The New York Times published a profile of The Passage writer Justin Cronin. Before embarking on a more “popular novel,” Cronin had written two acclaimed “literary” works. (I use the scare quotes because the distinction is obviously arbitrary.)
The night before the partial manuscript went out, Cronin and his wife discussed what would happen if nobody bought the novel. She asked him, “Will you finish it?” By that point, Cronin knew he’d already given himself over. “I said: ‘Yeah. If nobody takes it now, I’ll finish it and see what happens then, but I really like the story. It’s the best thing I’ve got right now, and I’m going to keep working on it.’ ” Still, he fully realized “it was entirely within the realm of possibility that nobody would want it.”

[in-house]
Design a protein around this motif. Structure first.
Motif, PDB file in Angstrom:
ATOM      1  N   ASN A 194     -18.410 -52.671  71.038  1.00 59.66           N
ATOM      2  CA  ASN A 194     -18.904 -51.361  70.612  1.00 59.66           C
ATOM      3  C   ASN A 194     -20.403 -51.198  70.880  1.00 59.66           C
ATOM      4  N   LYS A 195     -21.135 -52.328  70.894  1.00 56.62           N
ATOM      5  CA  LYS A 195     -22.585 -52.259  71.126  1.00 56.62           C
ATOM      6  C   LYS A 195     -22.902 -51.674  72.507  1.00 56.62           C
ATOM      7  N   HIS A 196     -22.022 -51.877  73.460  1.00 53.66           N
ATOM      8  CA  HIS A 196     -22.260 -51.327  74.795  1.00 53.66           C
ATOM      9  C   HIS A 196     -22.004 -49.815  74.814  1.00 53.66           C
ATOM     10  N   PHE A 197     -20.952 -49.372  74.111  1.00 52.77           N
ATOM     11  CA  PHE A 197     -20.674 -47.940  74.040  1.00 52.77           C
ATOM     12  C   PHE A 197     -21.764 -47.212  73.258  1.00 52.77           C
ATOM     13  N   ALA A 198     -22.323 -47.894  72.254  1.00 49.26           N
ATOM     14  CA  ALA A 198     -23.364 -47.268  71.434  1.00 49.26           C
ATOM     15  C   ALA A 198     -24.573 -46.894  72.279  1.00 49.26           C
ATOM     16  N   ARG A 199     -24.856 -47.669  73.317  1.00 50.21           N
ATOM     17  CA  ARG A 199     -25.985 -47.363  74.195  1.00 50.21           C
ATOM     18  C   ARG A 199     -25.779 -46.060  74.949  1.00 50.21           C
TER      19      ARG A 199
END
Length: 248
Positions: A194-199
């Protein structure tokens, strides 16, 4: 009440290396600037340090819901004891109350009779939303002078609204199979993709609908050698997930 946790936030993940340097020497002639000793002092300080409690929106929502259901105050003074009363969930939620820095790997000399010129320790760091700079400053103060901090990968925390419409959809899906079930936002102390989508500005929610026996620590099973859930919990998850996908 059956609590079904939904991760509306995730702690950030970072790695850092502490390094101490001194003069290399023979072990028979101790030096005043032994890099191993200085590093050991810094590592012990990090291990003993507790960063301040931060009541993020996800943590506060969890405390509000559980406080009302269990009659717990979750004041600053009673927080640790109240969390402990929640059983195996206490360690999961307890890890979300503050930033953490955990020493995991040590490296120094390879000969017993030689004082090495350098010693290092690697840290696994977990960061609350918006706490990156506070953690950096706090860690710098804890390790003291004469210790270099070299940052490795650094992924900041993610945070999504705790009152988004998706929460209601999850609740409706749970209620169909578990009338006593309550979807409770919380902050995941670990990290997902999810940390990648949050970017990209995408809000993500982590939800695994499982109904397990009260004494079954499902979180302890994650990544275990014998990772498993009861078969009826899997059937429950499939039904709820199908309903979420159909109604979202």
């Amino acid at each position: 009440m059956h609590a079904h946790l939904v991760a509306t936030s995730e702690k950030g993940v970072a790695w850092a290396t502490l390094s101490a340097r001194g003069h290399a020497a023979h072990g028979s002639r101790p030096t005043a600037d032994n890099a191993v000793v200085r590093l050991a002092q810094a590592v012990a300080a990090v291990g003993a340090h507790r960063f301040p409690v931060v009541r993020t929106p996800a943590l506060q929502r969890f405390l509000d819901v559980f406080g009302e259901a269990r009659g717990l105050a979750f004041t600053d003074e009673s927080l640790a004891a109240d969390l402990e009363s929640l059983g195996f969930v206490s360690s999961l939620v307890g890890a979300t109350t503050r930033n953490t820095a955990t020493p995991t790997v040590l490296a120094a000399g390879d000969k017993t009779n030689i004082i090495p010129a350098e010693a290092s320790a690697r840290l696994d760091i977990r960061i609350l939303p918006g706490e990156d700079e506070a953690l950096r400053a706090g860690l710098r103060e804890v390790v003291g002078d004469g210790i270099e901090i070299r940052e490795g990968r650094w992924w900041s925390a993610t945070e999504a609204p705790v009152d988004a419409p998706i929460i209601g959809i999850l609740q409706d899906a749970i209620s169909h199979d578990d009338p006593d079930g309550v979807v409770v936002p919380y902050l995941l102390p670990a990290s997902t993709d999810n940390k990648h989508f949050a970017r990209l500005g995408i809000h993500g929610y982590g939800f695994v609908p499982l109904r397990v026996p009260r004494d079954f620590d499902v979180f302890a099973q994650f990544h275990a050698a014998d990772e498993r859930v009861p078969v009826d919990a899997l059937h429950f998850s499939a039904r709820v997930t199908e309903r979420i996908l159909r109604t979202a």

Two weeks later, Justin Cronin was a millionaire.
I have not read any of Cronin’s previous work, but I did enjoy The Passage, which was (at least to me) like an improved version of The Stand, if only because it ended better. The sequel to The Passage, The Twelve, is out October 16th.